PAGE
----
Home | Back Issues | Contact Us | News Home
“All Citizens are Equal before Law and are Entitled to Equal Protection of Law”-Article 27 of the Constitution of the People’s Republic of Bangladesh

Issue No: 53
January 26, 2008

This week's issue:
Human Rights Advocacy
Law Campaign
Law Opinion
Rights Monitor
Human Rights Monitor
Law Lexicon
Law Week

Back Issues

Law Home

News Home


Law opinion

Judiciary's journey to independence

Kazi Alauddin Ahmed

The legacy of a century or more thus came to an end. November 01, 2007 went down in the annals of Bangladesh as a golden day. The long cherished desire of the common people of the country to have an absolutely independent judiciary became a reality. What necessitated urgent implantation of such a radical change in our legal system can be a very pertinent question one can ask. To find an answer to it we shall have to allow ourselves some moments to reminisce over the past situations observed in this part of the world, precisely in the pre-partition Indian sub-continent during British rule.

Two distinguished institutions, viz. the magistracy and the judiciary representing the legal system in British India used to enjoy universal respect and credibility of the people at large. The district magistrate and collector used to be the head of the civil administration in the district which included all the magisterial courts. The District and Session Judge headed the judiciary part of the whole administration. The magistrates looked after those cases falling under the purview of the Criminal Procedure Code (CrPC). Deputy magistrates and sub-deputy magistrates used to sit in these courts for disposal of criminal cases mostly. Besides, there used to be other kinds of magistrates designate -- lawyer magistrates and honorary magistrates or honorary deputy magistrates. They belonged to group of lawyers, often non-practicing and the last named represented mostly the feudal aristocracy and social elite. At the end of their term they were awarded titles like Khan Bahadur, Khan Saheb, Rai Bahadur, Rai Saheb etc.

In the sub-divisions of yesterday (today's upazila) the administrative head used to be designated as sub-divisional officer, briefly SDO. Concurrently there were Sub-divisional Magistrates (SDM) looking after the criminal cases mostly. On the judiciary there were sub-judges accountable to the District Judge.

So, these were roughly the organisational structures of the magistracy and judiciary in the British days and continued after partition of India. The people who represented these two organs of the legal system had to get through written examinations conducted by the Public Service Commission. There was a strange coincidence that those who sat for such competitive examinations wielded immaculate scholastic faculties. And in the majority cases they belonged to highly enlightened families, some representing families of intellectuals, eminent teachers, educationists and feudal lords of those days. There was an indirect and unwritten rule followed by the selectors at the instance of the British masters to take in the qualified candidates representing aristocratic families alone. Undemocratic though, the selectors had to go by the so-called 'blue blood' philosophy to ensure good performance from the incumbents in all these positions.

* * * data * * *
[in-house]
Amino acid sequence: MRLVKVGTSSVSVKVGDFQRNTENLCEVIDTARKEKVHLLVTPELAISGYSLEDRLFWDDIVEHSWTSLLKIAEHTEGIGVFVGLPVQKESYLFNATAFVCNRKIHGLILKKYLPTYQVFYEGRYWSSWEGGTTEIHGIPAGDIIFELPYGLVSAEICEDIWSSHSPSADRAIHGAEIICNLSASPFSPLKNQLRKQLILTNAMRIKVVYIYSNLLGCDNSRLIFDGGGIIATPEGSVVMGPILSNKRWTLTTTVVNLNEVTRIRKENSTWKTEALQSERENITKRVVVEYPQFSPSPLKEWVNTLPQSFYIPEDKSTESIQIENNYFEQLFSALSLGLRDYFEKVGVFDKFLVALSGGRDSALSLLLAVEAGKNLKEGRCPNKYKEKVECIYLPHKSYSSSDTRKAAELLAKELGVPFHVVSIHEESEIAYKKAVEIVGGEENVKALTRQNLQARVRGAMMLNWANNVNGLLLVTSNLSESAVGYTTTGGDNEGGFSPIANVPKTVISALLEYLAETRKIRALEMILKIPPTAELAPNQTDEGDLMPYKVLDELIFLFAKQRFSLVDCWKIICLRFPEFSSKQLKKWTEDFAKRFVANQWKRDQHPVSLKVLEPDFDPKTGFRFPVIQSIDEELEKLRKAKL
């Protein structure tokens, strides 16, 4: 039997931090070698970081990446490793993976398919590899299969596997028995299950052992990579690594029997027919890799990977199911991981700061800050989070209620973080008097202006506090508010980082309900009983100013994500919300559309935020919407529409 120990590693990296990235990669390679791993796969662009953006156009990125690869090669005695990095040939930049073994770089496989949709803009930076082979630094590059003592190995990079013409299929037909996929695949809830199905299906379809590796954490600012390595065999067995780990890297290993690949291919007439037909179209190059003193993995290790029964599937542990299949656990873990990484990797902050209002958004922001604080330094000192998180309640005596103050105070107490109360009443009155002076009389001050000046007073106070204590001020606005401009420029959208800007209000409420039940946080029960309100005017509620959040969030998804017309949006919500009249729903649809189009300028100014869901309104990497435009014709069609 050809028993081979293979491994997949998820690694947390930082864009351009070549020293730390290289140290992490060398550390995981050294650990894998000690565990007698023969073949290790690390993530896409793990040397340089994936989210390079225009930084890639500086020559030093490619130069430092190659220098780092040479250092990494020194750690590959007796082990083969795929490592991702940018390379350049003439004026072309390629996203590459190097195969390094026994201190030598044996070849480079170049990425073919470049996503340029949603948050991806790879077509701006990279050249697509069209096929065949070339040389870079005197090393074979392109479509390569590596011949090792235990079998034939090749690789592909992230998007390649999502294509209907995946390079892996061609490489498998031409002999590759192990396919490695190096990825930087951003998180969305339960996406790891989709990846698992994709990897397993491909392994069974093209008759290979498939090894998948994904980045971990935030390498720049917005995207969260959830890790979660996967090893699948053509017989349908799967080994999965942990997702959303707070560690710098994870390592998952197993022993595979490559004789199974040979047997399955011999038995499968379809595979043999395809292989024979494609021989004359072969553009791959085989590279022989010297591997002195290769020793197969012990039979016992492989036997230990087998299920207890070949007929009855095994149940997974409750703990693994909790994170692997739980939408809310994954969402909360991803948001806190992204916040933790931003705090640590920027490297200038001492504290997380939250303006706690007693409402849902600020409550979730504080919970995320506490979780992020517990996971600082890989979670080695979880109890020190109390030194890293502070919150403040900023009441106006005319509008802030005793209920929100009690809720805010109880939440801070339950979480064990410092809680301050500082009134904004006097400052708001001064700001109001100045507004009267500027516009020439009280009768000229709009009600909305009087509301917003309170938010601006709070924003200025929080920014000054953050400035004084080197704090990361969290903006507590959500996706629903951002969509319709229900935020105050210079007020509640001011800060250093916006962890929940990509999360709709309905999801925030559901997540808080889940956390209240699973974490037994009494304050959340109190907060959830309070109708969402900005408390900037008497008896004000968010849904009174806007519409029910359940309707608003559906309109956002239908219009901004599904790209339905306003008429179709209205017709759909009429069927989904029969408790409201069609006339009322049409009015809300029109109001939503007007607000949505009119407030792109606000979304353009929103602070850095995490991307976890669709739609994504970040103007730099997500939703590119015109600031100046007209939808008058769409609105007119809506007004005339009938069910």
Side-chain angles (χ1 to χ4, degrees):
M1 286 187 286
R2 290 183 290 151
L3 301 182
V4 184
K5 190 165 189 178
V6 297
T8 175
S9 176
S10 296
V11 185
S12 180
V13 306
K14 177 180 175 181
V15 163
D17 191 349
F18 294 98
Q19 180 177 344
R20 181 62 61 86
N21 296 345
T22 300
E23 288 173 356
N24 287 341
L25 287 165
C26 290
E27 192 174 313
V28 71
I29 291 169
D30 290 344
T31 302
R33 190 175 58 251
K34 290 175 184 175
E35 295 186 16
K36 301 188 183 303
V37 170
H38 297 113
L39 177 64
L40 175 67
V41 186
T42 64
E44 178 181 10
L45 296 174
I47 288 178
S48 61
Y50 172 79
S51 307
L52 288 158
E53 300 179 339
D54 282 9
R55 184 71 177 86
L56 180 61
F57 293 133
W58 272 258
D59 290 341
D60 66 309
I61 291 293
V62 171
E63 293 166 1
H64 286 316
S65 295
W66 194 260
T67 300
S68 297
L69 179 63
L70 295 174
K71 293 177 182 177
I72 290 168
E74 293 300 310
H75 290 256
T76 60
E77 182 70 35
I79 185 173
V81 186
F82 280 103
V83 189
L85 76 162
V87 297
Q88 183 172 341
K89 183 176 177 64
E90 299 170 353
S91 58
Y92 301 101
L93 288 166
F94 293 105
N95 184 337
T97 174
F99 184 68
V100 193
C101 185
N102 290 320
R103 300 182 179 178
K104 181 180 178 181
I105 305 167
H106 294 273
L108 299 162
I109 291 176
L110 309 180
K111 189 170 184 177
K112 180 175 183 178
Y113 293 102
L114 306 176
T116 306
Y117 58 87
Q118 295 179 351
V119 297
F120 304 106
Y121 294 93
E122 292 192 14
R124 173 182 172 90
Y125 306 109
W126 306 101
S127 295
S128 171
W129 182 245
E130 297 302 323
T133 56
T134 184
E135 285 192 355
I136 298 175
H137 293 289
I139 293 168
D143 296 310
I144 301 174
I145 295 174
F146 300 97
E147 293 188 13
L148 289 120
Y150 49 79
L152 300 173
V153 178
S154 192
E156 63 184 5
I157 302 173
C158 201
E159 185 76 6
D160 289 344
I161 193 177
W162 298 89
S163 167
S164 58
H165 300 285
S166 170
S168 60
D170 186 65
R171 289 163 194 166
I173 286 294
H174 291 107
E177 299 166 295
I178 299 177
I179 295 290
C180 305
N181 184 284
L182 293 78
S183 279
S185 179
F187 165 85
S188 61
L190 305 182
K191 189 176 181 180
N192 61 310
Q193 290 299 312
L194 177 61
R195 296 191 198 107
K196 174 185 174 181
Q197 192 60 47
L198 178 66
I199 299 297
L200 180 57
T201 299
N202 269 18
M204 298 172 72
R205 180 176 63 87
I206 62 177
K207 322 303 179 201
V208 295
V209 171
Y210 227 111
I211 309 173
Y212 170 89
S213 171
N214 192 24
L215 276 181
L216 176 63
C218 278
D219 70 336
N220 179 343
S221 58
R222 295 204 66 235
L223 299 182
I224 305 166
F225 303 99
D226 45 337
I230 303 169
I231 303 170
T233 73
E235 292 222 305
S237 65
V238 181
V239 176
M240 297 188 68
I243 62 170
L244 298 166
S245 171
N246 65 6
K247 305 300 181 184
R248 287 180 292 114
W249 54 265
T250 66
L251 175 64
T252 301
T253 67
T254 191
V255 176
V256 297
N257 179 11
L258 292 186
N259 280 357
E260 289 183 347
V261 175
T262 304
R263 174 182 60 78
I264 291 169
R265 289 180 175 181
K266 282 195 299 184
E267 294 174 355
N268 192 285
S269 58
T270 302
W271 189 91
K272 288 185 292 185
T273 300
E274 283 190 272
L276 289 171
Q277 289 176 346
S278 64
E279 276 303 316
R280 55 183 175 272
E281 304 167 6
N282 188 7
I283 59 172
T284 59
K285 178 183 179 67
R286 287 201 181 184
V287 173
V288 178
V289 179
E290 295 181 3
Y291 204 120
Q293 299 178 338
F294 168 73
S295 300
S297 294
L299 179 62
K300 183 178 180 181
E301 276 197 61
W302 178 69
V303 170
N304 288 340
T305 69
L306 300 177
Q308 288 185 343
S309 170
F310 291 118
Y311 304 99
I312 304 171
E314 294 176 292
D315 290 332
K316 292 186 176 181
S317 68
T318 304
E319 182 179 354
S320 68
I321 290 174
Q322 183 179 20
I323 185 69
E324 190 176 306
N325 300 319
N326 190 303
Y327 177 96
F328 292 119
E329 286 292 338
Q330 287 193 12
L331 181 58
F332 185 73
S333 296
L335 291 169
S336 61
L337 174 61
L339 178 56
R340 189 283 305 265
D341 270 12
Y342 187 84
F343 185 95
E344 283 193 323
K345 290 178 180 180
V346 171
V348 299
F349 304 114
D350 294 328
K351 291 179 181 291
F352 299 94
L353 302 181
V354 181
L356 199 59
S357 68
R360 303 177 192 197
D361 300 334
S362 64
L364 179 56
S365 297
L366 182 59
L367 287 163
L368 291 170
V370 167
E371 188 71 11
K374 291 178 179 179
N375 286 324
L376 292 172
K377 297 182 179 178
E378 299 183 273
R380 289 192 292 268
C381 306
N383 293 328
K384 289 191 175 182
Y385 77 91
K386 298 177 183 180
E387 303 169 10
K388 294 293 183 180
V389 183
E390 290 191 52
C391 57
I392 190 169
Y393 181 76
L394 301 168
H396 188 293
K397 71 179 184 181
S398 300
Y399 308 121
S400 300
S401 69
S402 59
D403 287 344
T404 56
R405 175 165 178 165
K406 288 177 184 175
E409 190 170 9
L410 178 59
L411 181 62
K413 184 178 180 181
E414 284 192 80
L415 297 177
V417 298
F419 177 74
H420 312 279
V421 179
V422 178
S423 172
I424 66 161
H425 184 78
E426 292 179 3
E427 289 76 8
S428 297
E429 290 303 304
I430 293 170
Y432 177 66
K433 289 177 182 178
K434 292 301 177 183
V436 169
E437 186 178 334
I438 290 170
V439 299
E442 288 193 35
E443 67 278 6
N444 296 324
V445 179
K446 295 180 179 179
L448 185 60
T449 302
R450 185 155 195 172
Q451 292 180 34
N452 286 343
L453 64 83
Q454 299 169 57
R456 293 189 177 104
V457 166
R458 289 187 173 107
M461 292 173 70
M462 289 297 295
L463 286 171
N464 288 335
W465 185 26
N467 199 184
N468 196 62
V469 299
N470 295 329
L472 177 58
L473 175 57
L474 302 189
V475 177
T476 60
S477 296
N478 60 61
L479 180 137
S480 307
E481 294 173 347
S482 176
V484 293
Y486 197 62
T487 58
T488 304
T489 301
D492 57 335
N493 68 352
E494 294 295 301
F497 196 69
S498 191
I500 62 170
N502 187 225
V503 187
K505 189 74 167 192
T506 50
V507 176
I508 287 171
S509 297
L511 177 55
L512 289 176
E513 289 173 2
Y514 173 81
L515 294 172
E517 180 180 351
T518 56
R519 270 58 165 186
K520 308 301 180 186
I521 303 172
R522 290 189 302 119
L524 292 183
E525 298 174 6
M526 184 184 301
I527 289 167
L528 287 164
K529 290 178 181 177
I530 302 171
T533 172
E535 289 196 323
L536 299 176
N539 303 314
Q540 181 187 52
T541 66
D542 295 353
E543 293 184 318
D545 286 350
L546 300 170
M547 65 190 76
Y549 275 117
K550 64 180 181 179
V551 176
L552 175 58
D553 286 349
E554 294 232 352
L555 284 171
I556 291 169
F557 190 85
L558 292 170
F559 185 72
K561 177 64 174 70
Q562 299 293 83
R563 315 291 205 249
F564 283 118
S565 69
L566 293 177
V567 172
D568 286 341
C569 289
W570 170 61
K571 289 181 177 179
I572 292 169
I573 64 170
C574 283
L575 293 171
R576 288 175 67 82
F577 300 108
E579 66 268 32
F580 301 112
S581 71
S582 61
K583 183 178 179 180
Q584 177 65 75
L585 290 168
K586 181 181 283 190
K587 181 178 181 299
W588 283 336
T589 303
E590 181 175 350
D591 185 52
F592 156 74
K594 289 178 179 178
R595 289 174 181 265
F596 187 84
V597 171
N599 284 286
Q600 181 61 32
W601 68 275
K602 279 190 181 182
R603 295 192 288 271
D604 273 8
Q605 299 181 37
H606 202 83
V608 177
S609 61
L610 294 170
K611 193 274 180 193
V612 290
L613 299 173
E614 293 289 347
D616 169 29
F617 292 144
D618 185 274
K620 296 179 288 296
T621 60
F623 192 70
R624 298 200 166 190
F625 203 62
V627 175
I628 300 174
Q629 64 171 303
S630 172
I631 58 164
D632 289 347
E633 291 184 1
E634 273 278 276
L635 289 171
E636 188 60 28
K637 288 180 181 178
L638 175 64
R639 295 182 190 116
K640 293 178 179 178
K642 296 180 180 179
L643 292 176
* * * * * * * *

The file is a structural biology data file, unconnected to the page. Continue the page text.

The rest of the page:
The status of the two wings of the legal system obtaining in the bygone years is alluded to only for affording ourselves an instant comparison with today's situation. Following the partition of India the civil service of Pakistan, organised anew, maintained the old, replicable tradition without allowing any transgression of the values it upheld meticulously. Both the criminal and civil courts enjoyed relative freedom from touts, sychophants and briefless lawyers thriving on crooked means and exploitation of the innocent, uneducated clientele within court premises.

The scenario started taking perverted looks with the passage of time. Large-scale infiltration aided by crude politicians with direct or indirect support from the power centre soon commenced creating devastating impact on the whole legal system. In particular, the magistracy reporting to the executive part of the government, precisely the political party in power rapidly aggravated the situation to the worst. Belated though, the realisation of an absolutely independent judicial system gained rapid momentum. Mazdar Hossain vs the State case of 1999 was indeed the turning point and November 01, 2007 added a new page to the history of Bangladesh. The long cherished desire of the people of the country became an irreversible reality. We have now a fully independent judiciary free from all intrusive intervention of the exertive part of the government.

It is premature to make any comment on the prospects and possibilities of the newly installed independent judiciary. Everything will depend on the personal integrity, clear understanding of the thematic value of the new system, staving off the tauts and crooks from the court premises once for all. We have now a sacred, noble and inalienable mission to fulfil. Let us hope for the best.

The writer is management consultant.

© All Rights Reserved